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In mythology, the hero’s journey begins with a call to adventure, the first incident on a dangerous path that will separate him from his home and family. The call usually comes in the form of a herald, who carries a message that causes the adventure to begin. Often the hero does not recognize the hand of fate at work, and an event which may seem ordinary in fact a turning point that catapults the hero into a world of danger and excitement.
As the Star Wars story begins, a battle in space rages high above the planet of Tatooine with the evil powers of darkness (the Galactic Empire) relentlessly pursuing the forces of good (the Rebel Alliance). Princess Leia sends a plea for help to the planet below. The hand of Fate, in the form of Jawa traders, brings her message to the restless farmboy, Luke Skywalker.
Learn more in our Mythology Section!
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In this section you will find current event articles about real-life events, topics, and people that can be correlated with the Star Wars Universe. Educators can use these current events to bridge the events of Star Wars with the present day. To see current articles for a specific content area, please click the appropriate link below. The most recent articles are shown below.
A California native, Megan Dolman grew up with a love of the outdoors but also, more importantly, with a love of Star Wars. As a child, her prized possession was a VHS box set of the original Star Wars trilogy. Dolman and her sister would watch the movies so much during their summers off from school that they were able to recite them to each other in their room at night. After returning to the Bay Area in 2013, Dolman has spent four years working at Industrial Light & Magic as a layout artist, translating and staging 2D storyboards and scenes into a 3D environment so that visual effects can be added. This past year, Dolman was finally able to realize her dream of working on a Star Wars film. StarWars.com sat down with Dolman to discuss her journey to ILM, her work on Star Wars: The Last Jedi, and what it takes to translate the real world into a digital one.
Every pilot has a story to tell. Over the past few years, we’ve been introduced to an assortment of pilots from the Rebellion, the Empire, and beyond, each with their own story and reasoning for joining the fight. Some people are born into the job: Snap Wexley and Poe Dameron both followed in their mothers’ footsteps to become heroic pilots of the Resistance. Luke Skywalker unknowingly inherited his father’s keen sense for flying, and even went toe-to-toe with the man who was once Anakin Skywalker during his first major space-bound dogfight (oh, and he blew up the first Death Star, too). For others, like Ciena Ree and Thane Kyrell from Lost Stars or Greer Sonnel from Bloodline, simply find their calling in the cockpit because it comes naturally to them.
Go Rogue: Chapter 1, the first installment of a video series made by fans and creative network Tongal, features the debut of many new Rogue One toys. It also announces an upcoming global UGC contest where Lucasfilm will ask fans to share their “Rogue Stories” by making their own videos in contest called “Go Rogue.” Exciting enough — but more than that, it’s also completely hilarious and features sharp editing and impressive stop-motion animation. It’s a testament to the creativity of Star Wars fans, and StarWars.com is excited to present a Q&A with its talented creators and a special look behind the scenes.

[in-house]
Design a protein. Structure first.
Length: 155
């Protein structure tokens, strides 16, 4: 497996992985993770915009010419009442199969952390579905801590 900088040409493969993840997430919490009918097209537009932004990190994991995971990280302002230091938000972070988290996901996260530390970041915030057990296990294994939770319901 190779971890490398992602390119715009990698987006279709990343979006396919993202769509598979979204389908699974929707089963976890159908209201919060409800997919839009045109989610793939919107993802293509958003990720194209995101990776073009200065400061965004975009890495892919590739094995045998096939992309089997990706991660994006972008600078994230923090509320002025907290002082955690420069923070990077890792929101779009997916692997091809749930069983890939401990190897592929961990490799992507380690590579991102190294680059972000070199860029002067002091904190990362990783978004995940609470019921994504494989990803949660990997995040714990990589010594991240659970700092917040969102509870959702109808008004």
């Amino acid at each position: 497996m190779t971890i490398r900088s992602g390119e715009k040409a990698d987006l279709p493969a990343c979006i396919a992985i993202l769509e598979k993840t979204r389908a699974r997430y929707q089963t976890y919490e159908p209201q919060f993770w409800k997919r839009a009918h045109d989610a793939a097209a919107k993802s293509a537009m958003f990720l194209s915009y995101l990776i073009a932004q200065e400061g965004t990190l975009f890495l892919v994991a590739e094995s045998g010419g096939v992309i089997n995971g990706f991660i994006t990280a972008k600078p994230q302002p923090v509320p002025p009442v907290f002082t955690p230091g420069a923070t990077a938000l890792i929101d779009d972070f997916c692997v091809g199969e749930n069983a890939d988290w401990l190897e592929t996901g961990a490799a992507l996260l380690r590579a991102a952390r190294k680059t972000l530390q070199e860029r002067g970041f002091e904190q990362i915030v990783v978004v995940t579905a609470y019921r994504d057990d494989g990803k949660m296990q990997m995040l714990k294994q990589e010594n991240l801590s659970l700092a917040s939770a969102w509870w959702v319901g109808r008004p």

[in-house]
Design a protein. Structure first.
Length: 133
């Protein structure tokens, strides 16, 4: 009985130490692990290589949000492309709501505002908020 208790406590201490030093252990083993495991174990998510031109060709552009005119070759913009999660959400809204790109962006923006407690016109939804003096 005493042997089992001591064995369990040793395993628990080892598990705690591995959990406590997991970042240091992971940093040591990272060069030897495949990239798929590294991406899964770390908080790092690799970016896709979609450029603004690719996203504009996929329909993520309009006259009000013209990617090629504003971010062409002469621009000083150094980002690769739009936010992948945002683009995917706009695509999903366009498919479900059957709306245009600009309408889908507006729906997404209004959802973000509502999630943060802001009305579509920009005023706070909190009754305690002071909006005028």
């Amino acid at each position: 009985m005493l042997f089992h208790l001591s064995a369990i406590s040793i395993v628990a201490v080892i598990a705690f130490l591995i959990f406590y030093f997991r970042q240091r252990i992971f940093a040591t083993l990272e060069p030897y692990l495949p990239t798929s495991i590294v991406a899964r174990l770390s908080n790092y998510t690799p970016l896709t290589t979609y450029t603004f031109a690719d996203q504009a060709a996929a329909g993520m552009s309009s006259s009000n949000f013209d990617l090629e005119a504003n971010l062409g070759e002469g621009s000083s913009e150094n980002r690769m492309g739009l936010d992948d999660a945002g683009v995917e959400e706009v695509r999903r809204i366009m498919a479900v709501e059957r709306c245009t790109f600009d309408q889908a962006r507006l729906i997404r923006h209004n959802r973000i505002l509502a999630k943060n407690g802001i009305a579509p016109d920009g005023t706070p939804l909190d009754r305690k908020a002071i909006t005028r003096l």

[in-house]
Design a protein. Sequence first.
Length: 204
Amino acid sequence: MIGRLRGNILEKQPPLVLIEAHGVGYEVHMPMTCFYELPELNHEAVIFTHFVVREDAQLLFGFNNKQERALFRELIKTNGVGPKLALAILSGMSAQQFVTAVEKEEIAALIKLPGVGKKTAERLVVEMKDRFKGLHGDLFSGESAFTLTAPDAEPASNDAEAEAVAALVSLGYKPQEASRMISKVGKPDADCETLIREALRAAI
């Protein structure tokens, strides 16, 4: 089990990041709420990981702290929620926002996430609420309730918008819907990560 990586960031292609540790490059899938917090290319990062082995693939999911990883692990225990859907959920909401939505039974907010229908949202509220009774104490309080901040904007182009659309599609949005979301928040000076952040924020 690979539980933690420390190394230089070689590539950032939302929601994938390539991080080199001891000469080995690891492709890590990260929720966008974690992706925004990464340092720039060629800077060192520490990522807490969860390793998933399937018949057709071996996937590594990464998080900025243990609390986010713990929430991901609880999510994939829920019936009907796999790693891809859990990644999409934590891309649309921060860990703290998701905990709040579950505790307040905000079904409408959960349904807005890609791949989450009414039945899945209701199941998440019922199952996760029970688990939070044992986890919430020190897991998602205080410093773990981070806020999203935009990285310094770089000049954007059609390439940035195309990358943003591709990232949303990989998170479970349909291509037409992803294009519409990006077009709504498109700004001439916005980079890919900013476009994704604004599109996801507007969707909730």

The Star Wars universe is populated with a variety of interesting characters and species, many of whom are considered to be renowned warriors. Several stand out from the rest of the galaxy, including the Wookiees, Trandoshans, Tusken Raiders, and the humans of Mandalore. Each has a rugged reputation, but their ferocity in combat is tempered by the cultural imperatives present in the ancestors of their people.
In the Star Wars universe, there’s one guy who seems to pop up all over the galaxy. Starting in the 1980s, Don Bies wore many hats during his time with Industrial Light & Magic, including the title of model maker, R2-D2 puppeteer, and droid unit supervisor. Bies also makes many onscreen appearances throughout the systems. You can spot him in the crowd at the podrace on Tatooine, in the background at the club Obi-Wan and Anakin chase Zam Wesell to on Coruscant, and as Barquin D’an and Boba Fett inside Jabba’s palace in the Special Edition version of Return of the Jedi. And if that’s not enough Star Wars experience for you, Bies also co-wrote and directed the mockumentary, R2-D2: Beneath the Dome, which offered a behind-the-scenes look at R2-D2’s life story and his time on the set of Star Wars. StarWars.com e-mailed the talented Artoo wrangler to find out what it was like to go back to the set of the original films and what it takes to be both a droid unit supervisor and a most notorious bounty hunter.
Of all the risks facing astronauts on a trip to Mars, radiation generally tops the worry list. It’s long been known that venturing outside Earth’s protective magnetic field—to the moon or Mars—exposes astronauts to a steady bombardment from heavy cosmic rays that can damage DNA and increase long-term cancer risk. And that’s not even considering the acute risk of radiation sickness if space travelers were caught in a strong solar storm without some kind of shielding.
We are now in the thick of summer, and if you’re not covered up properly, you’re not going to enjoy the record heat in some areas of the sector. One can imagine that a hard lesson learned by cast and crew on the set of Star Wars movies must be that, at least once, you’ll have to prepare yourself for a desert scene (or five). Under the blistering heat of the Tunisian sun in A New Hope, crew members often took to wrapping shirts around their heads to block the sun and cool down. But for the actors and those who would follow in their footsteps, being on set was something of a different story. That story happened to be one told, in part, by the costumes they wore.